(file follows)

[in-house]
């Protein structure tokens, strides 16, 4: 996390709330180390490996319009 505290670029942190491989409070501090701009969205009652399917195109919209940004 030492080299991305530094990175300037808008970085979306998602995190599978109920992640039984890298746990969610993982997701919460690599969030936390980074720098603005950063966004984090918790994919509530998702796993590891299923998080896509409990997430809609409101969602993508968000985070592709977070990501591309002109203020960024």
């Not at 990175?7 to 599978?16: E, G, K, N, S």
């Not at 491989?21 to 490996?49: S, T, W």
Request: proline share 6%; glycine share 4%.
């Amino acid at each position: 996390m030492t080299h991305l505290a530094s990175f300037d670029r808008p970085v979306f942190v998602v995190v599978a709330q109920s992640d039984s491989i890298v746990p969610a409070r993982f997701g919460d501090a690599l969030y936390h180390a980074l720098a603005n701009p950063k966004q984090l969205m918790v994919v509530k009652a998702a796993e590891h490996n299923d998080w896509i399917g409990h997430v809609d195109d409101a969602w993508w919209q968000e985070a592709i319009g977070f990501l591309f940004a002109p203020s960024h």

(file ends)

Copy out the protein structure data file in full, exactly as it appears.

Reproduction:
[in-house]
């Protein structure tokens, strides 16, 4: 996390709330180390490996319009 505290670029942190491989409070501090701009969205009652399917195109919209940004 030492080299991305530094990175300037808008970085979306998602995190599978109920992640039984890298746990969610993982997701919460690599969030936390980074720098603005950063966004984090918790994919509530998702796993590891299923998080896509409990997430809609409101969602993508968000985070592709977070990501591309002109203020960024």
């Not at 990175?7 to 599978?16: E, G, K, N, S």
């Not at 491989?21 to 490996?49: S, T, W």
Request: proline share 6%; glycine share 4%.
């Amino acid at each position: 996390m030492t080299h991305l505290a530094s990175f300037d670029r808008p970085v979306f942190v998602v995190v599978a709330q109920s992640d039984s491989i890298v746990p969610a409070r993982f997701g919460d501090a690599l969030y936390h180390a980074l720098a603005n701009p950063k966004q984090l969205m918790v994919v509530k009652a998702a796993e590891h490996n299923d998080w896509i399917g409990h997430v809609d195109d409101a969602w993508w919209q968000e985070a592709i319009g977070f990501l591309f940004a002109p203020s960024h």